The horrors of the war-torn regions of Sudan are unimaginable. In 2012, Daniel Omar lost both of his arms from a bomb dropped by his own country. First reported by Time magazine, his plight got the attention of the CEO of Not Impossible Labs, who want to use their 3D printing technology to give Daniel new hope.
In South Sudan, 50,000 amputees, including Daniel, are receiving 3D-printed extremities. It sounds like a big order for a guy, a laptop and a 3D printer – which is why CEO Mick Ebeling set up a lab at a nearby hospital dedicated to building affordable 3D-printed prosthesis. Locals are being trained to help build the prosthesis, and the cost for each one is an incredibly low $100.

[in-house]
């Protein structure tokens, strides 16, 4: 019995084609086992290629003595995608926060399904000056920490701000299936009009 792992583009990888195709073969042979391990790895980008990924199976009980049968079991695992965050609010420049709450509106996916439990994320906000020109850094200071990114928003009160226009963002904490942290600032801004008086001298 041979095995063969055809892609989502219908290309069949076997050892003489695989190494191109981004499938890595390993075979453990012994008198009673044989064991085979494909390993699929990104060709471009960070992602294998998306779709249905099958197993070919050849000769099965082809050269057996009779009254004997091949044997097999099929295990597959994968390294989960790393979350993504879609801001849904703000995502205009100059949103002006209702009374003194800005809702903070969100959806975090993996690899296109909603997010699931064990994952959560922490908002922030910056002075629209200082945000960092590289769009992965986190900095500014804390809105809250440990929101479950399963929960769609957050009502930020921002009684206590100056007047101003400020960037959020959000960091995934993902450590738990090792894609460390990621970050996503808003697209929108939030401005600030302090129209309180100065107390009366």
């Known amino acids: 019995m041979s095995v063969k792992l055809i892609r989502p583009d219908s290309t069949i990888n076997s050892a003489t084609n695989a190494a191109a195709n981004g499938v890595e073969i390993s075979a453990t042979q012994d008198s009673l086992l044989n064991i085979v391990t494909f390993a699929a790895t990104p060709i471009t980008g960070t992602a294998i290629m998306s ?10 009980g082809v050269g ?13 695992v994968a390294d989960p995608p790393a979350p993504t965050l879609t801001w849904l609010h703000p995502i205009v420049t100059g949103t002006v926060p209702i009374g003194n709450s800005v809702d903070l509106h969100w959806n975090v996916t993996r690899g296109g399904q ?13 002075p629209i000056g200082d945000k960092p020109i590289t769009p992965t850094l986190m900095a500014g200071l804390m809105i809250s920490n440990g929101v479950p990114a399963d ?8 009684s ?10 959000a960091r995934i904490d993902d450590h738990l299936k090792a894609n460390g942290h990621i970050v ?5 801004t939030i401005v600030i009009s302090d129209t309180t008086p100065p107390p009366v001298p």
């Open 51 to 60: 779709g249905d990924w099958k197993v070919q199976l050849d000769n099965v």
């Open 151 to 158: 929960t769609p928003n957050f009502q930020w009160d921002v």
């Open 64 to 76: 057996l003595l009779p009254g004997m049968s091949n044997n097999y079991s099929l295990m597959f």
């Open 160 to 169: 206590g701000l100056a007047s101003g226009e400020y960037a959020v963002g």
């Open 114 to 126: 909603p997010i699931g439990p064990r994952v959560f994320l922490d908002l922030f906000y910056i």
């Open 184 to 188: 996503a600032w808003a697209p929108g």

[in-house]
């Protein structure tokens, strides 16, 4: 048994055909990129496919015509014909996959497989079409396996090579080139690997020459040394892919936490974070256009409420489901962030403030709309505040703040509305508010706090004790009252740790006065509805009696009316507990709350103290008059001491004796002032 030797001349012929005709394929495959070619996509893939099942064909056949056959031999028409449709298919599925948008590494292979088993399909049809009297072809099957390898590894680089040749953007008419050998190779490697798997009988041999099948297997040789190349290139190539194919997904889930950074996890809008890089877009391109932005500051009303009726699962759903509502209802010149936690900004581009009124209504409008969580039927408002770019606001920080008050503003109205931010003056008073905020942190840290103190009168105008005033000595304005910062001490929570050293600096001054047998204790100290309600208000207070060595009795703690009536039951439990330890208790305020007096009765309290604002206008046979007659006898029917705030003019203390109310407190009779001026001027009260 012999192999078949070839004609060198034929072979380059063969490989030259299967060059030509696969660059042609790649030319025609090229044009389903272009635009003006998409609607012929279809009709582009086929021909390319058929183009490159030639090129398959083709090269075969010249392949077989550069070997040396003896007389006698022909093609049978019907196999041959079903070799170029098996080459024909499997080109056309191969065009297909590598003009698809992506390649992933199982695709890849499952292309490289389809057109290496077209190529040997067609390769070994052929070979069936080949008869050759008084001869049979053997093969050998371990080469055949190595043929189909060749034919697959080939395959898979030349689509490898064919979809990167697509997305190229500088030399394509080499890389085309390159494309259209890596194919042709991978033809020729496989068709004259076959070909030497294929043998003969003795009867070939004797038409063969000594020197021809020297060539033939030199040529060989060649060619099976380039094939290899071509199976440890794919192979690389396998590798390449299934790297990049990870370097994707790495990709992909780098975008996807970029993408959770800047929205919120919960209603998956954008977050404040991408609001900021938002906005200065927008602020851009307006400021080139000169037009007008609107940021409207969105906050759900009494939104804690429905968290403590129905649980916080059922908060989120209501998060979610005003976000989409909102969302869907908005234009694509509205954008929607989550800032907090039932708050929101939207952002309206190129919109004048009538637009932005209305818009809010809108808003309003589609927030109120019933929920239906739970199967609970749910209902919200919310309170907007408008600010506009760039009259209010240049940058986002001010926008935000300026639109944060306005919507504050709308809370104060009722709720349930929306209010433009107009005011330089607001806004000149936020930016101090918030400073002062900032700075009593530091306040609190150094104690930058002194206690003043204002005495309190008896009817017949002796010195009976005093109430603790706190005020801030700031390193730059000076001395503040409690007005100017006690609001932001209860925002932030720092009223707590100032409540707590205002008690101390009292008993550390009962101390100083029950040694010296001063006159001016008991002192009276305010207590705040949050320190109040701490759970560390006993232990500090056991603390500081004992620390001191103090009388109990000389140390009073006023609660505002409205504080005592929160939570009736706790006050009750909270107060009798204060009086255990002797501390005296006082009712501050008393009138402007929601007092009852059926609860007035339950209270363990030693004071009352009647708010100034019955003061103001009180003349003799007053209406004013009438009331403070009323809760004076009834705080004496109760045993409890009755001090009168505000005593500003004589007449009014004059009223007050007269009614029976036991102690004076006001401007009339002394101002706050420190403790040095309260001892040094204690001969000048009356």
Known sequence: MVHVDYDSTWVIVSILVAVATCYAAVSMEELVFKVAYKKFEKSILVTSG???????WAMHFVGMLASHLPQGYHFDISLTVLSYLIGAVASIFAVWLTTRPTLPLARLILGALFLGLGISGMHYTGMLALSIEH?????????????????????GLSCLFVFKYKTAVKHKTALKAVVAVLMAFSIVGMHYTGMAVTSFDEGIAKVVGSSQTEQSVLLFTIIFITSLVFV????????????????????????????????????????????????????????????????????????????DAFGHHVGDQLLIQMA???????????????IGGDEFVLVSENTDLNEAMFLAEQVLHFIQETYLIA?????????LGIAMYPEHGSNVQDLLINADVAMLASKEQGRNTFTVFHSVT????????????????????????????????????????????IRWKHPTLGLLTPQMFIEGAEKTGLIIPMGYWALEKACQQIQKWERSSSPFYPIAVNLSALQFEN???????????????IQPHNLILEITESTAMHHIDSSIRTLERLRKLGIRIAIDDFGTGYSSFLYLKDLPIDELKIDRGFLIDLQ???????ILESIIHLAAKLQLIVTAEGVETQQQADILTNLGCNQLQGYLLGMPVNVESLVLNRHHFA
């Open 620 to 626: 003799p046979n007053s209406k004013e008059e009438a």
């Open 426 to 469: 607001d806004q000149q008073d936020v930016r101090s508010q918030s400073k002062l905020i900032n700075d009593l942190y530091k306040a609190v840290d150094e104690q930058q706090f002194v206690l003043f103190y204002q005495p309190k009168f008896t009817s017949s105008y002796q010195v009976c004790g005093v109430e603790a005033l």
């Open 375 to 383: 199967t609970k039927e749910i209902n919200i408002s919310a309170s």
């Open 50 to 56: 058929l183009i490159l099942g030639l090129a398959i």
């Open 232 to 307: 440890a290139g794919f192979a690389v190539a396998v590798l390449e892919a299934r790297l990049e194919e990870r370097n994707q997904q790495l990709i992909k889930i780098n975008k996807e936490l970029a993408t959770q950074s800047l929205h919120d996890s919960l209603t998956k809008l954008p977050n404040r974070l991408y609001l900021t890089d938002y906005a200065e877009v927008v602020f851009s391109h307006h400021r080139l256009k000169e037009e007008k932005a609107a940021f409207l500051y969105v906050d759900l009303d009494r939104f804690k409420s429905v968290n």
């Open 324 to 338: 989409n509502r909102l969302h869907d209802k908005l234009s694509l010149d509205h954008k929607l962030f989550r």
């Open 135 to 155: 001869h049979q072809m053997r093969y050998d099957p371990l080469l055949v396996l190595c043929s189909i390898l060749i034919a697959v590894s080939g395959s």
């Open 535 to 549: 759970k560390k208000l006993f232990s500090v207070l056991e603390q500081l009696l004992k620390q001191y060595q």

Of course a $100 prosthetic isn’t going to be the same as a $5000 one. The 3D printed Ebeling prosthetic can’t lift as much, and the hands, with limited mobility, require special attachments to eat with utensils. But the independence is insurmountable. They allowed Daniel the pleasure of feeding himself for the first time in two years.